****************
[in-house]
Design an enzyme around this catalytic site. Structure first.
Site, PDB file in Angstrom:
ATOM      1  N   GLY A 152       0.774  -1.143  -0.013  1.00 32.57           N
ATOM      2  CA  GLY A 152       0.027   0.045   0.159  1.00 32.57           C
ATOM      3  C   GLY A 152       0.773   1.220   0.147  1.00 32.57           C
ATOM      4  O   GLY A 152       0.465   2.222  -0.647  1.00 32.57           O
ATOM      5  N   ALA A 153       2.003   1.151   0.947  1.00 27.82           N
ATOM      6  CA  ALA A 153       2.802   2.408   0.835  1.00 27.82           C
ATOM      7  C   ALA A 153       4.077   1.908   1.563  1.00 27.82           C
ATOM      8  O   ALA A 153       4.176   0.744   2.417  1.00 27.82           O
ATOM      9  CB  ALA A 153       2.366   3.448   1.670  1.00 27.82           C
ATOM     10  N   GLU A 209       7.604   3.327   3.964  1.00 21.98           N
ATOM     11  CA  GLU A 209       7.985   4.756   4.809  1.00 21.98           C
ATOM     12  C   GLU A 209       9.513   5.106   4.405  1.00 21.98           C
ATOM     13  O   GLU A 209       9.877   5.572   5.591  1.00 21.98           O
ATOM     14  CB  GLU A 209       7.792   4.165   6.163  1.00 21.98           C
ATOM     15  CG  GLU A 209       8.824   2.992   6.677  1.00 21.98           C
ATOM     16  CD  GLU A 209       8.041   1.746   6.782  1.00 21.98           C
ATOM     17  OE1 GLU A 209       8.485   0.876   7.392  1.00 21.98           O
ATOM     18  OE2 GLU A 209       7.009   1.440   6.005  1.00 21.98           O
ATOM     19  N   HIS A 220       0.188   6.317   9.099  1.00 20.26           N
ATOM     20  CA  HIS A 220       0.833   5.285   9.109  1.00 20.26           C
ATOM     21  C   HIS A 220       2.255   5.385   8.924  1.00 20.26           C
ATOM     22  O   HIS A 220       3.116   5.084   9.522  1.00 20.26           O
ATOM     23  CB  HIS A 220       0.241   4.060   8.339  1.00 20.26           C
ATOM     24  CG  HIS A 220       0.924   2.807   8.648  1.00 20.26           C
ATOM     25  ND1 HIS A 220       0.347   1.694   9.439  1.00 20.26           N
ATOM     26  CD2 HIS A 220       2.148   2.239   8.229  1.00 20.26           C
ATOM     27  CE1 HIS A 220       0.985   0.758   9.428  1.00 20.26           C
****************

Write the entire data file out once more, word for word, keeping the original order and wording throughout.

[in-house]
Design an enzyme around this catalytic site. Structure first.
Site, PDB file in Angstrom:
ATOM      1  N   GLY A 152       0.774  -1.143  -0.013  1.00 32.57           N
ATOM      2  CA  GLY A 152       0.027   0.045   0.159  1.00 32.57           C
ATOM      3  C   GLY A 152       0.773   1.220   0.147  1.00 32.57           C
ATOM      4  O   GLY A 152       0.465   2.222  -0.647  1.00 32.57           O
ATOM      5  N   ALA A 153       2.003   1.151   0.947  1.00 27.82           N
ATOM      6  CA  ALA A 153       2.802   2.408   0.835  1.00 27.82           C
ATOM      7  C   ALA A 153       4.077   1.908   1.563  1.00 27.82           C
ATOM      8  O   ALA A 153       4.176   0.744   2.417  1.00 27.82           O
ATOM      9  CB  ALA A 153       2.366   3.448   1.670  1.00 27.82           C
ATOM     10  N   GLU A 209       7.604   3.327   3.964  1.00 21.98           N
ATOM     11  CA  GLU A 209       7.985   4.756   4.809  1.00 21.98           C
ATOM     12  C   GLU A 209       9.513   5.106   4.405  1.00 21.98           C
ATOM     13  O   GLU A 209       9.877   5.572   5.591  1.00 21.98           O
ATOM     14  CB  GLU A 209       7.792   4.165   6.163  1.00 21.98           C
ATOM     15  CG  GLU A 209       8.824   2.992   6.677  1.00 21.98           C
ATOM     16  CD  GLU A 209       8.041   1.746   6.782  1.00 21.98           C
ATOM     17  OE1 GLU A 209       8.485   0.876   7.392  1.00 21.98           O
ATOM     18  OE2 GLU A 209       7.009   1.440   6.005  1.00 21.98           O
ATOM     19  N   HIS A 220       0.188   6.317   9.099  1.00 20.26           N
ATOM     20  CA  HIS A 220       0.833   5.285   9.109  1.00 20.26           C
ATOM     21  C   HIS A 220       2.255   5.385   8.924  1.00 20.26           C
ATOM     22  O   HIS A 220       3.116   5.084   9.522  1.00 20.26           O
ATOM     23  CB  HIS A 220       0.241   4.060   8.339  1.00 20.26           C
ATOM     24  CG  HIS A 220       0.924   2.807   8.648  1.00 20.26           C
ATOM     25  ND1 HIS A 220       0.347   1.694   9.439  1.00 20.26           N
ATOM     26  CD2 HIS A 220       2.148   2.239   8.229  1.00 20.26           C
ATOM     27  CE1 HIS A 220       0.985   0.758   9.428  1.00 20.26           C